The Role Model: What Obama Sees in Reagan

Barack Obama realized long ago that Ronald Reagan was a transformational President who reshaped the nation and its politics. Now Obama is fashioning his own presidency to follow the Gipper's playbook

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Charles Dharapak / AP; Bettmann / Corbis

President Obama, left, and President Reagan

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But in Obama's story line, Reagan has been more than just the antagonist. As the 1980s rolled on and Obama matured, Reagan became a model for leadership. The attraction was less substantive than stylistic and instinctive. Both had strong mothers and dysfunctional fathers. Both prided themselves on bringing people together. Obama even conceded that he sometimes felt the emotional pull of Reagan's vision. "I understood his appeal," Obama recalled in his second book, The Audacity of Hope. "Reagan spoke to America's longing for order, our need to believe that we are not simply subject to blind, impersonal forces but that we can shape our individual and collective destinies." The Great Communicator, it seems, had struck a chord.

This admiration stayed with Obama after he rose to the U.S. Senate and as he weighed a run at the White House. In late 2006, his top strategist, David Axelrod, laid out an Obama-as-Reagan theory of the race. "I remember talking about the fact that this had the potential to be one of those big-change elections like 1980," Axelrod says now. "The Republican project seemed to have run out of gas." Axelrod believed the political pendulum, which had swung left with the New Deal and had been reversed by Reagan, was once again reaching the end of its arc.

Among Obama loyalists, the Reagan theory was received wisdom, and for political reasons it was closely held. In January 2008, Obama broke cover. "I think Ronald Reagan changed the trajectory of America in a way that, you know, Richard Nixon did not and in a way that Bill Clinton did not," Obama told a newspaper editorial board in Nevada. "He tapped into what people were already feeling, which is, We want clarity, we want optimism." Obama's comments inflamed the Democratic left (not to mention the Clinton operation), but his aides thought little of it at the time. "I basically told headquarters, 'Sorry I didn't call this in,'" remembers Gibbs, who was traveling with Obama at the time. "I had just heard him say this so many times."

In the 2008 general election, Obama's aides saw their challenge as the same one Reagan faced against Jimmy Carter: a need to demonstrate authority and credibility to the American people, many of whom thought Reagan might not be suitable as Commander in Chief. While Reagan solidified his support in a televised debate with Carter, Obama did it by outmaneuvering John McCain with his far steadier handling of the financial collapse. Obama's campaign team even sought for a time to stage an event at Berlin's Brandenburg Gate, where Reagan made history.

Theory into Practice
Shortly after the election, reporters Dan Balz and Haynes Johnson asked Obama if he thought his victory marked the end of the Reagan era. "What Reagan ushered in was a skepticism toward government solutions to every problem," Obama said. "I don't think that has changed." But then he went on to say he believed his election would spell "an end to the knee-jerk reaction toward the New Deal and Big Government." In Obama's mind, his election was not an endorsement of the outsize government role that Reagan battled — bureaucratic, ever expanding, self-interested — but a cry for government that could carry out its basic missions more effectively. "I think what you're seeing is a correction to the correction," Obama explained.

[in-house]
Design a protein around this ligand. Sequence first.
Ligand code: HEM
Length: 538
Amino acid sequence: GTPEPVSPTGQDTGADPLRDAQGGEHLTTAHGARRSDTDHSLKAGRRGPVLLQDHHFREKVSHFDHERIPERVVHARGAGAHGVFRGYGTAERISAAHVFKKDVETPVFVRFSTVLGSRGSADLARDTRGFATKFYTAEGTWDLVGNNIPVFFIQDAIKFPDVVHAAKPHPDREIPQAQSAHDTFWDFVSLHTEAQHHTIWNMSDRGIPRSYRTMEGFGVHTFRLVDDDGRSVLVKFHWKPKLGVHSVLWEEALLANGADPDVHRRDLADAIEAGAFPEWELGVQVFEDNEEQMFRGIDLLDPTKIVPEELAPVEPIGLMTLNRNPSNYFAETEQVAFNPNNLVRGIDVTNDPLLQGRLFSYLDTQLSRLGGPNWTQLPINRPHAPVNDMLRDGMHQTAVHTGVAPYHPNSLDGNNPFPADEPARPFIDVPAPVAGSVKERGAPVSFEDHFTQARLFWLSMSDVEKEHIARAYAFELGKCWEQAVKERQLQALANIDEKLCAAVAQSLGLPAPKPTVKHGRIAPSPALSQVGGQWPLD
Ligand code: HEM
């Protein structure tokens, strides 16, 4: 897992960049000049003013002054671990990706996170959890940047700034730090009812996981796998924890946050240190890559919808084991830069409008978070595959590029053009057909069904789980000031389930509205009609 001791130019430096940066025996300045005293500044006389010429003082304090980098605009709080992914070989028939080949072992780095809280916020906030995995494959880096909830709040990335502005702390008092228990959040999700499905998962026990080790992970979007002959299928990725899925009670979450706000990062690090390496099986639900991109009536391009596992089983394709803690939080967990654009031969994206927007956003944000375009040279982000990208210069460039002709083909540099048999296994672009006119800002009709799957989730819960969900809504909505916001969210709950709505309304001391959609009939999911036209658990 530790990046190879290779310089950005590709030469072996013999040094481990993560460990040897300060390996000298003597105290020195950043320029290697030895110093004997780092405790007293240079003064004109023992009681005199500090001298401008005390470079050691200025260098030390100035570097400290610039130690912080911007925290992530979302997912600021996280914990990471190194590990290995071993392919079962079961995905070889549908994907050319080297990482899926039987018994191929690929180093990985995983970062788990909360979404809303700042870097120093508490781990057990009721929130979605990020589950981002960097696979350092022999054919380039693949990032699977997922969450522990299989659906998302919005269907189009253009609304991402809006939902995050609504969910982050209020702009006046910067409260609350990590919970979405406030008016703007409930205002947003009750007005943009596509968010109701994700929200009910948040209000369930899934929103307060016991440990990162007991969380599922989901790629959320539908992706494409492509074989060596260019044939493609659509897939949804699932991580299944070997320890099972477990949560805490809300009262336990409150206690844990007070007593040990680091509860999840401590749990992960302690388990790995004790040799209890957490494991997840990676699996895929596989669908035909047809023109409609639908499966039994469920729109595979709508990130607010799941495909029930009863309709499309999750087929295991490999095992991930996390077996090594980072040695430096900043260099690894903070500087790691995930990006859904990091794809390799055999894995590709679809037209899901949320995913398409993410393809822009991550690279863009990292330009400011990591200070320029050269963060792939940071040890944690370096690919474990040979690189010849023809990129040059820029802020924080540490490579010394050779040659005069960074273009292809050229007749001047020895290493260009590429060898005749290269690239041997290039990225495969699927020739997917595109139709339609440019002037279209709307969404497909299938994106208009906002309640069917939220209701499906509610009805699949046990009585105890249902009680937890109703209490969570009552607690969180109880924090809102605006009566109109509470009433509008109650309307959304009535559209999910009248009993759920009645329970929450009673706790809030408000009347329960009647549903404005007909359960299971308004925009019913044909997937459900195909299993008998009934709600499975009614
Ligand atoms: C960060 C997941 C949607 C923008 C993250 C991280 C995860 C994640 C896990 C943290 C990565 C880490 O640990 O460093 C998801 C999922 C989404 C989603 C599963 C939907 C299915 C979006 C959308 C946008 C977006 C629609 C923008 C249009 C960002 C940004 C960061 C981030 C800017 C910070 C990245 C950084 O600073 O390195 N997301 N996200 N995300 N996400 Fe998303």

That's not the sort of slogan that fits easily on a bumper sticker. One reason was that, unlike Reagan's, Obama's central theme remains somewhat mysterious. No one was unclear about Reagan's guiding philosophy: "Government is the problem," he declared on his Inauguration Day, and by then he had been saying it for nearly 20 years. Obama's is more complex. He wants to reset the public's attitude toward government, reverse 30 years of skepticism and mistrust and usher in a new era in which government solutions are again seen as part of the answer to the nation's ills. But the yearlong health care debate only reminded Americans of government's tendency to slow things down, muddle the choices and perhaps make them more expensive. A September Gallup poll found that 7 in 10 Americans had a negative impression of the federal government; they used words like too big, confused and corrupt to describe it. Obama's signature initiative, a vast expansion of the federal role in health care, has mostly polled under 50% since mid-2009.

Yet even the midterm wipeout has become part of the borrowed Reagan script. For months, aides like Axelrod warned Obama to expect a drop in the polls like the one Reagan suffered during the 1982 recession. Reagan "wasn't the Great Communicator then," notes one senior Obama aide. Just as Reagan's revolutionary agenda coincided with a historic recession, massive unemployment and a humbling defeat in the 1982 midterms, the story went, Obama's new spending programs coincided with a historic recession, deep unemployment and midterms that cost the Democrats control of Congress. As the 2010 elections approached, White House aides struggled to recast press expectations in the mold of Reagan's early struggles. "The most analogous election to the midterms probably isn't the environment Clinton faced in 1994," argued communications director Dan Pfeiffer. "It's the one Reagan faced in 1982."

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